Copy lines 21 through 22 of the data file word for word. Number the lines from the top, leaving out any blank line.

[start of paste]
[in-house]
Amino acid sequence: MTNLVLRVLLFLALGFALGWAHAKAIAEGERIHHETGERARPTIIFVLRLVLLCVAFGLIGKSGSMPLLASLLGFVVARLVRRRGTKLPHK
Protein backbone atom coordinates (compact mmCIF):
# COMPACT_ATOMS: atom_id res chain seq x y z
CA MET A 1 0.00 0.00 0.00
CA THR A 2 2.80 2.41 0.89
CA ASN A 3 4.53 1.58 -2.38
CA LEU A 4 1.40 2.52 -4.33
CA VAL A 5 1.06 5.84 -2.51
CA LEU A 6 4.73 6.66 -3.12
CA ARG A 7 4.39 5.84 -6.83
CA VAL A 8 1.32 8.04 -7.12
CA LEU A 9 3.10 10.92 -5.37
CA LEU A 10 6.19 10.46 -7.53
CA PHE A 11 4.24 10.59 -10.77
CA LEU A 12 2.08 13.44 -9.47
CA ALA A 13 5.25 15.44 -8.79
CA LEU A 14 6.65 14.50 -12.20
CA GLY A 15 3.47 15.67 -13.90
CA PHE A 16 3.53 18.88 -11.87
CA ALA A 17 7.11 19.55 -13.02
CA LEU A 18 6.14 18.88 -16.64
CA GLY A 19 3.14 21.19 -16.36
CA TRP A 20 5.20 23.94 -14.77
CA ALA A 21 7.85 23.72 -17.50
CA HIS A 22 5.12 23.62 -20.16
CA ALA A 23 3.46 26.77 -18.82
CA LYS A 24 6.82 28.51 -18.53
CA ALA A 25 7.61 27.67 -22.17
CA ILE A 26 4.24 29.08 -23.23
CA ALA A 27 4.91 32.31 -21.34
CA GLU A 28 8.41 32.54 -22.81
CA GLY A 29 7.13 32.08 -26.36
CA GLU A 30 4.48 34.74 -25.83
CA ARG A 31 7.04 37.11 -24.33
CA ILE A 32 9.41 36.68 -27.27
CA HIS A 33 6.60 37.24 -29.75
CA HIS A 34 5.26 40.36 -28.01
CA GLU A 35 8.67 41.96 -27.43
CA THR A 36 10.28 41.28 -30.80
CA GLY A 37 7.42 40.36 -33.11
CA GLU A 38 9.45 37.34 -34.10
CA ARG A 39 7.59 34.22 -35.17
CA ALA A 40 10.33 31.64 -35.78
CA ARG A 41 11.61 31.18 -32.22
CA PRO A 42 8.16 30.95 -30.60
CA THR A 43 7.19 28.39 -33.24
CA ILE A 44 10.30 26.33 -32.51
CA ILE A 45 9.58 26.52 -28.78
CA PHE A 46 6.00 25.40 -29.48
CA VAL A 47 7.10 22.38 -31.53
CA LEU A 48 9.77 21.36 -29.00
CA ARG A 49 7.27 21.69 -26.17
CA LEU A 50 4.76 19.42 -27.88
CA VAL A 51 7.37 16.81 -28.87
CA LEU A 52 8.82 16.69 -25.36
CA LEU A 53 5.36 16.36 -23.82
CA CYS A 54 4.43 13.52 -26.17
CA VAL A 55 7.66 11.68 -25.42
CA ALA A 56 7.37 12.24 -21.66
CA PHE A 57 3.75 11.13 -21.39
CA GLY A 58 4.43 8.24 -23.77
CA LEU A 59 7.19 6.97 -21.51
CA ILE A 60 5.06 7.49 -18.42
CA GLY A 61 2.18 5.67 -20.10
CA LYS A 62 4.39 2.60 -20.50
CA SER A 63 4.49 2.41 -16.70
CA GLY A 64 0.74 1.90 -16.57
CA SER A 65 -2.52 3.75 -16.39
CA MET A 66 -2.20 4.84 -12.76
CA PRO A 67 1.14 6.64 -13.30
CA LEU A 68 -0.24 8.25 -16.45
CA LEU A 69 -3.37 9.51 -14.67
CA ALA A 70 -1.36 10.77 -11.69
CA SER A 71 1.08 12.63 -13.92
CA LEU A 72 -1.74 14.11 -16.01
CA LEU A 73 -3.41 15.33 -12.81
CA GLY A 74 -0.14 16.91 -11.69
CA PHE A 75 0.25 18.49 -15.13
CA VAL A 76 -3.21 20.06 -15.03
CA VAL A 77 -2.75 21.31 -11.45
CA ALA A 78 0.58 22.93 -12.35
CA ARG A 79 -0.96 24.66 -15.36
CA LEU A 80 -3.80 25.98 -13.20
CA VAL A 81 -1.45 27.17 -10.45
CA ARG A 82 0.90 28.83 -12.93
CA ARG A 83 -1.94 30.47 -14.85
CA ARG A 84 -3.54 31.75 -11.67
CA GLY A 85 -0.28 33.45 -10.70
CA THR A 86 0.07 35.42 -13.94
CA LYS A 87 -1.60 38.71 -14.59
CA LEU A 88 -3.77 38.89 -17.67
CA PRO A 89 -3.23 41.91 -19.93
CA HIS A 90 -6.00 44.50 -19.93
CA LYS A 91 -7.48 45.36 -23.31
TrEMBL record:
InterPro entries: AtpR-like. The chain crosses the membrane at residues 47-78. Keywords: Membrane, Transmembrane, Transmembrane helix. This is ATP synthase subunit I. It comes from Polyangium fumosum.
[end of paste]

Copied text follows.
CA ALA A 17 7.11 19.55 -13.02
CA LEU A 18 6.14 18.88 -16.64